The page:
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The Trombone ForumHorns, Gear, and EquipmentInstruments(Moderators: tbone62, slide advantage) Conn 4H, differences from 20's-50's?
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markekaylor
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« on: Apr 30, 2010, 02:42PM »

I've got a 1930 26H .500 bore Conn that sounds nothing like a later Conn 6H .500 bore from the 60's.

There's a local trombone for sale, a 4H from 1927.  How did the 4H's change over the years?  I've only played a '49 4H and I thought it was nice. 

It seems the older Conn's were heavier, they used a different formula or something?

I'm thinking of checking this '27 out, its cheap enough, its silver, but it doesn't have a counterweight which worries me.  I know on my '30 Conn its heavy even with the counterwieght to balance things out!

mark
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SilverBone
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« Reply #1 on: Apr 30, 2010, 03:09PM »

I think 4H's are nice horns.  One thing I'd watch for is that the earlier ones are friction fit without a bell lock nut. You have to guard against them falling apart on you while playing.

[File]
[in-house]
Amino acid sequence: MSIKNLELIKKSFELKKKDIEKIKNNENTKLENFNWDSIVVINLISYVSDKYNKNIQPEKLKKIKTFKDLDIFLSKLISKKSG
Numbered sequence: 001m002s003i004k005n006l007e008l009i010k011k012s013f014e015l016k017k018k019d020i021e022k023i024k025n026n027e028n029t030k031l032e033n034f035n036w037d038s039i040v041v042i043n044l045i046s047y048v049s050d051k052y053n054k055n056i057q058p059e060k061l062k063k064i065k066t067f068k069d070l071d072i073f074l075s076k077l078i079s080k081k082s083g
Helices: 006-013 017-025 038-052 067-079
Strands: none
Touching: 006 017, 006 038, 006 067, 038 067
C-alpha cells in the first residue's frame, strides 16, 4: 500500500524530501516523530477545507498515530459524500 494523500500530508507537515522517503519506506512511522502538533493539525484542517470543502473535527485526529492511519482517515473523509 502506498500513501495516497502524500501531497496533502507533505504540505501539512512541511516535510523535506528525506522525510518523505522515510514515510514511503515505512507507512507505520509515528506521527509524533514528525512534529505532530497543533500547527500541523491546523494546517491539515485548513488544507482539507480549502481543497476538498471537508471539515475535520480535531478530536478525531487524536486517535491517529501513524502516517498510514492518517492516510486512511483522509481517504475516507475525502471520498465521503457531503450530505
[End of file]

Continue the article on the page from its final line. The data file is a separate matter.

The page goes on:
You can always add a counterweight.
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« Reply #2 on: Apr 30, 2010, 06:20PM »

The 4H was in production for a good long time and was the same through out in terms of specs, but you are absolutely correct, there are differences.

The earliest 4H's I know of are late teens, early 20's.  Friction fit and no slide lock those (though slide lock could be custom ordered).  They had either a 6 1/2" or 7" bell.  The metallurgy of those is unique and I think of them in three separate categories:  Red brass, silver plate with badge engraving, and trumpet brass.

The all red brass look like they have copper crooks (slide and tuning) and they have nickel trim.  The bell is actually pretty light, but the sound is super rich and warm.  It's a mini classical horn, no bones about it.

The Silver Plate job with the badge engraving is my least favorite.  Note: there were silver plate horns throughout, but these are specific with the badge engraving (a badge with a banner across it, nouveau like floral engraving around it sometimes.).  There is something weird about the metal of these horns and I don't know what it is.  They seem to light and too brittle.  Some are terrific, but they aren't as consistently good as the other eras I've played.

The trumpet brass horns are VERY rare and wonderful.  It's some sort of hybrid between gold brass and yellow brass and it lend a very unique quality to the sound, very refined.  The engraving on these is usually a very simple "C.G. Conn" in cursive with a smaller "Elkhart IND." underneath.  Very rare, very refined, very cool.

Then we get into the 30'4 and 40's.

These horns have a lot heavier gauge of metal than the earlier brethren.  Everything is heavier, the metal, the bell wire, the over nickel trim.  These are real powerhouses.  They came in silver plate or lacquer, and Artist Special engraving.  Most had the Deco style engraving, though some only had a simple "half moon" style name and that's all.  I think of them in two categories as well.  Old style slide and new style.